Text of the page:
Nils Ferlin (11 December 1898 - 21 October 1961) was a Swedish poet and lyricist.[1]

Nils Ferlin
N Ferlin (cropped).jpg
Nils Johan Einar Ferlin

(1898-12-11)11 December 1898
Died21 October 1961(1961-10-21) (aged 62)
Occupationpoet, lyricist
Spouse(s)Henny Lönnqvist


Ferlin (right) and Finnish poet Elmer Diktonius in Helsinki, 1936.

Nils Ferlin was born in Karlstad, Värmland, where his father worked at Nya Wermlands-Tidningen. In 1908 the family moved to Filipstad, and his father started his own newspaper. His father died the next year, however, and the family moved from their comfortable residence to a humbler dwelling in the industrial district so that Ferlin could finish his education. He graduated at the age of sixteen.

Ferlin had a minor career as an actor and debuted at the age of seventeen in Salomé by Oscar Wilde. He continued his career with a traveling theater company.

Although many of Ferlin's poems are melancholic, they are not without humor. Several were set to music and became popular songs such as En valsmelodi, an attack on the music industry.[1] Ferlin sold over 300,000 volumes of his poetry during his lifetime. His lasting appeal is partly attributed to his vivid portrayal of central Stockholm before urban renewal and his association with the popular culture that flourished there then.[2]

Several statues of Nils Ferlin have been erected in Sweden: one in Filipstad of him sitting on a park bench, one in the Karlstad city square of him standing on a table, and one near Klara kyrka in Stockholm of him lighting a cigarette.[2]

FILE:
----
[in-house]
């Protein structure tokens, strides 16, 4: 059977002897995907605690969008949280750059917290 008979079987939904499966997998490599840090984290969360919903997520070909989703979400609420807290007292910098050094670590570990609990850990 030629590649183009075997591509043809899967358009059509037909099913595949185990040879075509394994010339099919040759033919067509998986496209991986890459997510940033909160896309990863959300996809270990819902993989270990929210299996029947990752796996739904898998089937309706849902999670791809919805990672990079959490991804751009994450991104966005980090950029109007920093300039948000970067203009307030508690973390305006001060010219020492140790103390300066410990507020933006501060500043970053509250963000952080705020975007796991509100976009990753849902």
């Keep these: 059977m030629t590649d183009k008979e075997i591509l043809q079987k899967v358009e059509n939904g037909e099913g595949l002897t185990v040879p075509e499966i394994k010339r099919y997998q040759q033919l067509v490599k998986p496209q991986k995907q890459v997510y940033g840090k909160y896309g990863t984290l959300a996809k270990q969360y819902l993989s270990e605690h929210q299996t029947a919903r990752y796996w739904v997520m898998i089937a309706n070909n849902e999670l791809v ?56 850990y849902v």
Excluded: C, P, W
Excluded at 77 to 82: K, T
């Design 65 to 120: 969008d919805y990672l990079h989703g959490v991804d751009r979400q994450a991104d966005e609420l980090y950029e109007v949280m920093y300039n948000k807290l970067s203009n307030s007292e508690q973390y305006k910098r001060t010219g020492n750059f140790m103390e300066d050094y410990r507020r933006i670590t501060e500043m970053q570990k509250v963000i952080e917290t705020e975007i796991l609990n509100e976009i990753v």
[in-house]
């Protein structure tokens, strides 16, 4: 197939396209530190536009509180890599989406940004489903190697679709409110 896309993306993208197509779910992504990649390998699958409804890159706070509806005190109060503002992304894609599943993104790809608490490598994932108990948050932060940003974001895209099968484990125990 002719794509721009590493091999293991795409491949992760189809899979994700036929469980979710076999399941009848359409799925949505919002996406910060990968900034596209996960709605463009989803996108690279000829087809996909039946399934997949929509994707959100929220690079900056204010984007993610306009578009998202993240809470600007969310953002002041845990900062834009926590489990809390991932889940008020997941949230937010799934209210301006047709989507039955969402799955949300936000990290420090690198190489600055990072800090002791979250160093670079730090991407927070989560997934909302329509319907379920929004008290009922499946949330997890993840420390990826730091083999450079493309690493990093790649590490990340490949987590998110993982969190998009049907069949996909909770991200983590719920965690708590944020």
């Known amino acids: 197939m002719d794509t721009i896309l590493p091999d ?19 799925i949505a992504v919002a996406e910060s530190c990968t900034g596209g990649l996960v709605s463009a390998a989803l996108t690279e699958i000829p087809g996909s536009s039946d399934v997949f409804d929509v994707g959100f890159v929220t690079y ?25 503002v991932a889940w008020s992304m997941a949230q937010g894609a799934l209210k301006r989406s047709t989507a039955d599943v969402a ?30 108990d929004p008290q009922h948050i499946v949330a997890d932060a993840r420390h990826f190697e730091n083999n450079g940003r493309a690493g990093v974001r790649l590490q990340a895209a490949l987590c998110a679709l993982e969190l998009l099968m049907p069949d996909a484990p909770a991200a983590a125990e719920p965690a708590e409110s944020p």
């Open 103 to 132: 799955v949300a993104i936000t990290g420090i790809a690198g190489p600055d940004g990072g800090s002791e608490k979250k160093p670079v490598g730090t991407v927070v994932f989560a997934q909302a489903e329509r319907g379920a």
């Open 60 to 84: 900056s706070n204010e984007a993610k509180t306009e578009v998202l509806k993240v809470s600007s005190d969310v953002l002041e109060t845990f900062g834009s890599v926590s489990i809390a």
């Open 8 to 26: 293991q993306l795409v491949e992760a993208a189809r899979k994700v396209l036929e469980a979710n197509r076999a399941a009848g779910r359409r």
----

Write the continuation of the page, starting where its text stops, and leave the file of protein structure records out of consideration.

Ferlin’s lyrics have been translated into English by Martin S. Allwood,[3] Fred Lane,[4] Thord Fredenholm [2] and Roger Hinchliffe.[5]


  • 1930 En döddansares visor (Songs of a death dancer)
  • 1933 Barfotabarn (Barefoot children)
  • 1937 Lars och Lisa i Stockholm (Lars and Lisa in Stockholm)
  • 1938 Goggles
  • 1944 Med många kulörta lyktor (With plenty of colored lanterns)
  • 1951 Kejsarens papegoja (The emperor's parrot)
  • 1957 Från mitt ekorrhjul (From my squirrel wheel)

See alsoEdit


  1. ^ a b A History of Swedish Literature by Ingemar Algulin, (Stockholm: Swedish Institute, 1989) pp. 247-248.
  2. ^ a b c With Plenty Of Colored Lanterns by Nils Ferlin, trans. by Thord Fredenholm, (Mullsjö: Persona Press 1986).
  3. ^ Scandinavian Songs and Ballads edited by Martin S. Allwood, (Mullsjö: Anglo-American Center, 1950).
  4. ^ Swedish Songs LP, trans. by Fred Lane, (Stockholm: Troll Flute, 1974).
  5. ^ Swedes On Love CD, trans. by Roger Hinchliffe, (Stockholm: Roger Records, 1991).

External linksEdit

Statue of Nils Ferlin in Stockholm